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Photo Description: A jar of money sitting atop a large world map. Saving money for a wheelchair accessible vacation.Vacations are costly, and many people are forced to save money for months or even years to afford a dream holiday. For people with disabilities like myself, the cost of travel can skyrocket due to our need for specialized transportation, accessible accommodations, mobility equipment and personal care attendants. If you are on a limited or reduced income due to your disability, the expenses associated with travel may seem insurmountable.

In this post, I will share with you numerous methods I employ to reduce the cost of traveling with a disability. Whether your destination is Walt Disney World or a foreign country, you can use these tips to save money on your trip.

1. Plan ahead, and plan well.

This is the obvious and common sense tip. If you plan your trip well in advance, you’ll have the opportunity to snag the best deals on travel essentials like airfare, rail passes and hotel accommodations. As I take you through the rest of these steps, prepare yourself to consider everything. There are many ways to save money, and if you are committed to exploring multiple options and approach the process of planning your trip with flexibility, you’ll have the opportunity to save a lot of money.

Photo Description: Florida State Seminoles Marching Band on the football field at the Rose Bowl in Pasadena, California.

2. Timing is everything.

The cost of travel – airfare, hotels and activities – can vary widely depending on the time of year and destination. Avoid traveling to a city or country during its peak vacation season. If you want the best deal, avoid Hawaii in January, the Caribbean during Spring Break, and Europe or Florida in the summer months. A hotel room that may cost $100 per night in the low season could easily be $300 per night when tourism is at its peak.

Dig deeper, though. Look at the local events calendar. The cost of travel rises with demand. I’ve made the mistake of traveling to cities hosting major events on a number of occasions (sometimes intentionally), and it cost me big time. Here are a few that I remember:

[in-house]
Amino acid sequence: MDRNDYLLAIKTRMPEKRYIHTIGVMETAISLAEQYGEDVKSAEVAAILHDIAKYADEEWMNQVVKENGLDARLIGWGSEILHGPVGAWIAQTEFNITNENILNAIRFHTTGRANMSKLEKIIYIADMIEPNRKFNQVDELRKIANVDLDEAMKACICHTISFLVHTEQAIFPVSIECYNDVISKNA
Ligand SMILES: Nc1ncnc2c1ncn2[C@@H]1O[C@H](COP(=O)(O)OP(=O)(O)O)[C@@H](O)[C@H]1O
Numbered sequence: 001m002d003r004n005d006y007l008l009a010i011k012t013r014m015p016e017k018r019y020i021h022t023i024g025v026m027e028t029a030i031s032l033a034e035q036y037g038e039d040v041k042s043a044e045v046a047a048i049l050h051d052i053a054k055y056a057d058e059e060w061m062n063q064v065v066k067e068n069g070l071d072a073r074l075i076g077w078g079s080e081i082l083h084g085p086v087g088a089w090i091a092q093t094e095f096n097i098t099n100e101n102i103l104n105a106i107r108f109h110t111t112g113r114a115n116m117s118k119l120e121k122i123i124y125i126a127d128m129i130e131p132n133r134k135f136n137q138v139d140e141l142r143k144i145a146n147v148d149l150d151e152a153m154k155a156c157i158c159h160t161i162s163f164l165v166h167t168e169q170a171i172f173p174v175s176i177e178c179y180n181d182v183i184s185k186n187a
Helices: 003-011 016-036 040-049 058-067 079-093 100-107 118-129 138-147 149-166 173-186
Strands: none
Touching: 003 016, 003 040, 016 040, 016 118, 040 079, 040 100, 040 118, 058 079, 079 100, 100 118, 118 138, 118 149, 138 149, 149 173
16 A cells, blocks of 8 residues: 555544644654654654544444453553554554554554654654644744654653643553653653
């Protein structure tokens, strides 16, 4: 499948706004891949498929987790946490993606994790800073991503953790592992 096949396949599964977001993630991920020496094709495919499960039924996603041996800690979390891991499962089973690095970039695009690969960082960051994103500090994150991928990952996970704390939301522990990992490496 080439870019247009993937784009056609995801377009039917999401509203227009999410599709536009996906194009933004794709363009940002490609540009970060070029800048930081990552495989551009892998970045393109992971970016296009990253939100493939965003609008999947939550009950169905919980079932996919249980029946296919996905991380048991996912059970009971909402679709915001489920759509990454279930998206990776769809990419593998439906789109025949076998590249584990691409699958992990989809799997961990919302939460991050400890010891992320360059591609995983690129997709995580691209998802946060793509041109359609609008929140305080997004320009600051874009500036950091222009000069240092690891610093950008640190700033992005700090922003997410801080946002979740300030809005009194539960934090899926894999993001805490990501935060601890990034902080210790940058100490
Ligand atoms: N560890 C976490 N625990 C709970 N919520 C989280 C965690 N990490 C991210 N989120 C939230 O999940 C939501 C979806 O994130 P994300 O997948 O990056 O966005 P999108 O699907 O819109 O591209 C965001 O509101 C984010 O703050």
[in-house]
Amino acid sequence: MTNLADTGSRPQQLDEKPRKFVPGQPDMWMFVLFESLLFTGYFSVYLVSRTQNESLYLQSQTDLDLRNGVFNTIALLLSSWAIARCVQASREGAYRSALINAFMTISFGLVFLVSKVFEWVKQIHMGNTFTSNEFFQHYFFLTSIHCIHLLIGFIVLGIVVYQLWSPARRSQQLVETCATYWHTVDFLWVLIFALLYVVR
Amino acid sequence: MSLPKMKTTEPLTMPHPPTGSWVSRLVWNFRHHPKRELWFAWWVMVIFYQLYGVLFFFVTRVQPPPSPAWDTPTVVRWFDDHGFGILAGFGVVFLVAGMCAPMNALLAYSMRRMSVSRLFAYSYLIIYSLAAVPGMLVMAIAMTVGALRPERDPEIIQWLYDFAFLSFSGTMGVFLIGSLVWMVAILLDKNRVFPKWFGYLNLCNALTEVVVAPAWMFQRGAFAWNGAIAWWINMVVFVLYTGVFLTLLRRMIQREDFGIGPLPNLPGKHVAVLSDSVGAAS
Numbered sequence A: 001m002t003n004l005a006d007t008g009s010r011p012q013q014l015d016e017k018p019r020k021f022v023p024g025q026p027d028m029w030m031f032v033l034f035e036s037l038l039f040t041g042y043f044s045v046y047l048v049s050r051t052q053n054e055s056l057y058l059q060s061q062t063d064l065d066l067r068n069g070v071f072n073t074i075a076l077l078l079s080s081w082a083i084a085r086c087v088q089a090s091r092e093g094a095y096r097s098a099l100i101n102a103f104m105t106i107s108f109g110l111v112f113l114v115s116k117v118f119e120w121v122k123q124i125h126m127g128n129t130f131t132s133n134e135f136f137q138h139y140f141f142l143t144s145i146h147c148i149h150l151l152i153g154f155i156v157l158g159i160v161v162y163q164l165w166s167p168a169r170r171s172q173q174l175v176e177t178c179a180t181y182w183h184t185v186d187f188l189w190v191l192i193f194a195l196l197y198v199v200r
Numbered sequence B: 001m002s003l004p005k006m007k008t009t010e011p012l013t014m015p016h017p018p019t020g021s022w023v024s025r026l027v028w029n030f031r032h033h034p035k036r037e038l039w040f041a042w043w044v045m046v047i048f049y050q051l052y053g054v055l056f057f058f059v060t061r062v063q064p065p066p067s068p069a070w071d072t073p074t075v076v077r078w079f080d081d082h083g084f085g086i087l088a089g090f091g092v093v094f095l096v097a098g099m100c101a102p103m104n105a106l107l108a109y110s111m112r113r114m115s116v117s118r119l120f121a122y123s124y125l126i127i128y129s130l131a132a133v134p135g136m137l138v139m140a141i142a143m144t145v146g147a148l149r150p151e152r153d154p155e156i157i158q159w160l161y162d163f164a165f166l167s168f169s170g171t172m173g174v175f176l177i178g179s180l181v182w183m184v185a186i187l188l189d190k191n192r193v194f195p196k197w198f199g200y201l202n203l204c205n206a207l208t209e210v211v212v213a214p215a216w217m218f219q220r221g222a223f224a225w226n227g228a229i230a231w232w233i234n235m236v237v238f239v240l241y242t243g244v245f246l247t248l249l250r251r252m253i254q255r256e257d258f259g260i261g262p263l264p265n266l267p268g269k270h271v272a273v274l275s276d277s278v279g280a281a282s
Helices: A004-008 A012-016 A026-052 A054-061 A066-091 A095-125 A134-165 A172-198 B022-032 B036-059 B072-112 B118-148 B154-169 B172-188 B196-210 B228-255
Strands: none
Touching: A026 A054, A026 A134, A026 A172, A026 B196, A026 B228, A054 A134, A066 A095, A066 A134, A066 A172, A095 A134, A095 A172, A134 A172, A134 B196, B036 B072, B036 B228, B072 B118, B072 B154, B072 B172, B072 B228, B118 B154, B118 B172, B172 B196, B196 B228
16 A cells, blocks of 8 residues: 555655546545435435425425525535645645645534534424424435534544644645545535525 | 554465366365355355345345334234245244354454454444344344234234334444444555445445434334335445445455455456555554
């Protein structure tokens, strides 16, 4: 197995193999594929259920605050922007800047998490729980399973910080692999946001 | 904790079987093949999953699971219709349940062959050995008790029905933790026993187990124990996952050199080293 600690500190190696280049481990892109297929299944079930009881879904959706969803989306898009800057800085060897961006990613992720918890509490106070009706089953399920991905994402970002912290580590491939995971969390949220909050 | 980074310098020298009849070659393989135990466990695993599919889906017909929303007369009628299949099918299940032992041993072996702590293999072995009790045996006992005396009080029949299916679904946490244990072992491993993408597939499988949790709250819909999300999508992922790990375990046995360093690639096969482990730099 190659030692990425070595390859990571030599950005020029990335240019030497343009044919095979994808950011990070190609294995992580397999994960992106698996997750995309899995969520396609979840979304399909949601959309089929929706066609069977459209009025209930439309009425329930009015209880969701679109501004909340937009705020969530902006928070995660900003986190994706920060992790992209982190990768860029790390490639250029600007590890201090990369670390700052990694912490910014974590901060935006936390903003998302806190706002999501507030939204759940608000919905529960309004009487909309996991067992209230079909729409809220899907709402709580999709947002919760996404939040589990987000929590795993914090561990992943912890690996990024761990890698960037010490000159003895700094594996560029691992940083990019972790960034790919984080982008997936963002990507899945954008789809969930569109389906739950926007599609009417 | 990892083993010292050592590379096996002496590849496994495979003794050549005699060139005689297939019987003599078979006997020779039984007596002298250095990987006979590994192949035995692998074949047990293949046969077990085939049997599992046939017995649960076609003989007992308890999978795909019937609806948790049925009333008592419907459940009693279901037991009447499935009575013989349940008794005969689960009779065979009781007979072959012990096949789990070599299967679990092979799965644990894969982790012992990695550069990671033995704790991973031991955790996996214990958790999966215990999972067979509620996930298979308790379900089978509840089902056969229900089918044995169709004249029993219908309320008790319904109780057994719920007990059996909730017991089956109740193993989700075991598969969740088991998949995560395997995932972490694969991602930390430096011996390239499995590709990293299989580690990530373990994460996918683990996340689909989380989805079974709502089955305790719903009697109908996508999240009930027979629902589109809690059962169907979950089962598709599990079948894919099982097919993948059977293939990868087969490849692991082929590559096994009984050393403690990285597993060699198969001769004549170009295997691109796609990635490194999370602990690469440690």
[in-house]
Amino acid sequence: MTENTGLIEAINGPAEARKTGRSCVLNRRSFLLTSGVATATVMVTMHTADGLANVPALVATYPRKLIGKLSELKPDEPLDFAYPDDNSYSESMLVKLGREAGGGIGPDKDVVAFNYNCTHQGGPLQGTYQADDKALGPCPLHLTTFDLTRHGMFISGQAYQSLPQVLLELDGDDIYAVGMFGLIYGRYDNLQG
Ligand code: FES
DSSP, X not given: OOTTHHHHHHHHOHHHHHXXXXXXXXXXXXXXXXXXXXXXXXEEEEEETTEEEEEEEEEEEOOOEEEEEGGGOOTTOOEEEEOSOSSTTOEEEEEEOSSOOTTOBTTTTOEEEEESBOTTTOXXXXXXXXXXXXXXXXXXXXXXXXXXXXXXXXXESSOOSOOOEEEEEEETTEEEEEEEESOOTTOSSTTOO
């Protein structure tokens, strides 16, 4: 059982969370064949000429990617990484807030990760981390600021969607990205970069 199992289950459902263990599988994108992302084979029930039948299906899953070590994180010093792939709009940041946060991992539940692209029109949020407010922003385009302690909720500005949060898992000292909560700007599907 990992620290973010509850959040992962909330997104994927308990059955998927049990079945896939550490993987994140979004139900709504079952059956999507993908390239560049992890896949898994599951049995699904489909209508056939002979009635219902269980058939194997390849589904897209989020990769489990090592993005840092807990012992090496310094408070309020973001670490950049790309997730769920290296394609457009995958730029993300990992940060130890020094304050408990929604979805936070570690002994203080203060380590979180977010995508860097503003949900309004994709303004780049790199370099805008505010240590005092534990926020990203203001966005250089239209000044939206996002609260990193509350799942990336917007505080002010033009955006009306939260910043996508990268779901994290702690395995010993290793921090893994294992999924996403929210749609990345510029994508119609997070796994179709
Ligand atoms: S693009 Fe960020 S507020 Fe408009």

• Atlanta the night of a major music concert.
  • Boston during the Boston Marathon.
  • Las Vegas during the Consumer Electronics Show.
  • Paris in August, during the final stage of the Tour de France.
  • Tallahassee the weekend of a Seminoles college football game.

If you choose the wrong time for your trip, you’ll face inflated airfare and hotel prices. With just a bit of research, you’ll be able to avoid mistakes like these and save money. Google is your best friend!

Photo Description: Screenshot of a purchased flight itinerary, for round-trip travel between Florida and Norway for under $500 dollars.

3. Keep an eye on the airfare deals.

Most of my destinations are selected based on the airfare deals I have been able to take advantage of. Here are five of the best deals I’ve booked in my past 2.5 years as a wheelchair traveler:

  • Amsterdam, Netherlands to Beijing, China – $519.20 [Round Trip, July 2015]
  • Gainesville, Florida to Moscow, Russia – $540.96 [Round Trip, April 2015]
  • Jacksonville, Florida to Oslo, Norway – $483.80 [Round Trip, September 2014]
  • Seattle, Washington to Hong Kong, China – $643.90 [Round Trip, November 2014]
  • Shanghai, China to Tokyo, Japan // to Bangkok, Thailand (Business Class) – $678.20 [November 2014]

I never know when deals like these will pop up, but there are several websites that catalogue them. Check out Airfare Watchdog,  The Flight Deal and Secret Flying – each lists the latest cheap flight deals that offer the most bang for your buck.

Photo Description: Calendar of One-way Airfare Prices for Las Vegas to New York City. Shows lower prices primarily concentrated on Tuesdays, Wednesdays and Thursdays.

If your destination isn’t flexible, you can still save money by flying mid-week instead of on the weekends. The image above shows a calendar of the lowest one-way airfares available between Las Vegas and New York City (all airports) for the months of April and May, 2016. You will notice that the lowest fares are concentrated primarily on Tuesdays, Wednesdays and Thursdays, with Saturday and Sunday fares pricing somewhat or significantly higher. Airfare prices fluctuate with each market, but you’ll typically be able to find the best fares when traveling midweek and purchasing two weeks or more in advance.

If you decide to book an airfare deal, consider doing it through one of the affiliate links on my Travel Resources page – I’ll get a small commission to support this website.

4. Consider paying in advance for your hotel room.